Talk about being overcharged

Lady buys a demo car and pays $25,000 over sticker, and no, it’s not a #5 out of 10 kinda vehicle either. It’s a Mazda 6


gets resolved, but the damage is done:


Talk about taking advantage of the customers. The 2nd article mentioned she was “intellectually disabled”, but that can describe a LOT of people, especially the way some salesmen talk.

That’s pretty rotten of the dealer to do this but on the other hand, this woman is a legal adult with a state issued drivers license who made her own decision. No one at the dealer stuck a gun in her back and forced the issue.

It would be no different than if she signed the papers on a 125k dollar loan to buy a 100k dollar home.

Heck, people will go into a boutigue store and pay 50 bucks for a T-shirt; the same shirt (with a different neck tag) which could be gotten at K-Mart for 6.
(Got that actual example from my youngest son’s business law class)

What stuns me a bit about this is that someone in the lending agency actually approved this loan.

I have supposedly educated colleagues that only ask one question when purchasing a car or other major purchase: “What will my monthly payments be?” These people have no concept of how much they are paying to rent money. My dad had a colleague back in the 1950’s who was driving a 5 year old Buick that was still in great shape, but he couldn’t stand driving an older car. He traded for a brand new 1955 Buick and traded the 1955 a year later for a brand new 1956 Buick. The reason he traded was that he could spread the payments for the 1956 Buick over a longer time period and pay less per month.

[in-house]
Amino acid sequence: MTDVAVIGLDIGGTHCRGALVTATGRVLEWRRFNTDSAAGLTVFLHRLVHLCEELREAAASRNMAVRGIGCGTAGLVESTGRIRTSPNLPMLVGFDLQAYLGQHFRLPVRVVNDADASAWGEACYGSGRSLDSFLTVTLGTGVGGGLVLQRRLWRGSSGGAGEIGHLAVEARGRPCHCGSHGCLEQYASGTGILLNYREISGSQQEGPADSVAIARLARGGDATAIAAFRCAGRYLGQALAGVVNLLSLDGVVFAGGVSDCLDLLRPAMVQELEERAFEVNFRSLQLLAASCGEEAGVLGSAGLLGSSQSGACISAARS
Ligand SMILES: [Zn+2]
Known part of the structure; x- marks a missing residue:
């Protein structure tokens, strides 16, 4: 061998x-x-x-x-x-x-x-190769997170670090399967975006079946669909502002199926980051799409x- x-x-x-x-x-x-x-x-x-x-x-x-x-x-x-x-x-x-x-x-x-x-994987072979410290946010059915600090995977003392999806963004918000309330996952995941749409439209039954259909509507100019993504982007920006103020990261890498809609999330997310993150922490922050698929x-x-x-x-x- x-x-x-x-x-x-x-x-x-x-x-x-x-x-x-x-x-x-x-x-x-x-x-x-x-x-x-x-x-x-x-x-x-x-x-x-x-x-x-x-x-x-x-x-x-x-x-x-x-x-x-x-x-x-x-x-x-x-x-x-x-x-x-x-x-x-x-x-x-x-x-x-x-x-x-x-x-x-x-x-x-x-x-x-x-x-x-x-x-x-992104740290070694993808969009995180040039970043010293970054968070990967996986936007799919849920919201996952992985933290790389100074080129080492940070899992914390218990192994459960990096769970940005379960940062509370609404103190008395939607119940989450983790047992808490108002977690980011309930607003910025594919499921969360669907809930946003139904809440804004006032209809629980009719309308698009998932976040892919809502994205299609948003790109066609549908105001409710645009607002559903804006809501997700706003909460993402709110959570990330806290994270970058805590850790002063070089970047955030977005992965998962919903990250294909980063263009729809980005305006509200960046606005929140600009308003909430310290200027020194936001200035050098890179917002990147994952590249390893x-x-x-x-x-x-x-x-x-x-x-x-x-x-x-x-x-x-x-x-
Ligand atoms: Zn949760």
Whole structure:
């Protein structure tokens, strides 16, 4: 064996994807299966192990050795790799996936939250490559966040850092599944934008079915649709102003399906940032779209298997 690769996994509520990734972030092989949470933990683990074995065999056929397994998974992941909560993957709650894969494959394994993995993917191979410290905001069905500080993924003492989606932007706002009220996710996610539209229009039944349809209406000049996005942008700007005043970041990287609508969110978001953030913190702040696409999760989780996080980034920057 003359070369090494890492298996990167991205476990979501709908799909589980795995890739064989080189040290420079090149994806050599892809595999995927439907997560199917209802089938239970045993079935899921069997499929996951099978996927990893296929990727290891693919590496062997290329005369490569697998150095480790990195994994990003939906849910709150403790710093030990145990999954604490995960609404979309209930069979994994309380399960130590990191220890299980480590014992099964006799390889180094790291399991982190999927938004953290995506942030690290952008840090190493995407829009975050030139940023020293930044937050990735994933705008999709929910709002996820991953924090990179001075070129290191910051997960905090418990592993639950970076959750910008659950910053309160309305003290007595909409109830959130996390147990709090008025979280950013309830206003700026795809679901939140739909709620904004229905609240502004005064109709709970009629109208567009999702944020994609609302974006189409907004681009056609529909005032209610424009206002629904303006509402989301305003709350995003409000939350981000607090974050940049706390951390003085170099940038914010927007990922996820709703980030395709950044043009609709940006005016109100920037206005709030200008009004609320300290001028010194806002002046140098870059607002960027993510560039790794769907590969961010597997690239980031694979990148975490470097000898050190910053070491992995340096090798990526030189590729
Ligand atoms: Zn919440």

I think most lending institutions are only slightly less shady than the loan sharks on the street. However, there are people out there who have to have the latest and the best right away, so they fall for the easy payment high interest plans.

Book smarts doesn’t necessarily translate into real world smarts or even common sense. Even my local insurance agent is surprised at how many people come in after buying a new vehicles and practically crapping their pants when they hear how much their insurance will go up.
I’d like to think I’ve done an OCD amount of work for this new car I’m getting(delivery is supposed to be tomorrow). I test drove numerous vehicles to see what fit right, I checked insurance on every vehicle I drove, and some I wasn’t sure about, I told the salesman I was looking to spend X amount of dollars for the car not for a month, I negotiated the price of the car out the door before I even agreed to put the deposit down, I spent my day off this past friday checking interest rates at the various banks/credit unions here in town, and I’ll probably take advantage of the extra .25% off some banks offer if I have a checking account and do auto pay every month with it by opening a new account with them and splitting my pay check up to cover the payments.
However, for every 1 of me, there’s thousands, if not millions, of others who are like Triedaq’s friends and only look at that monthly payment number.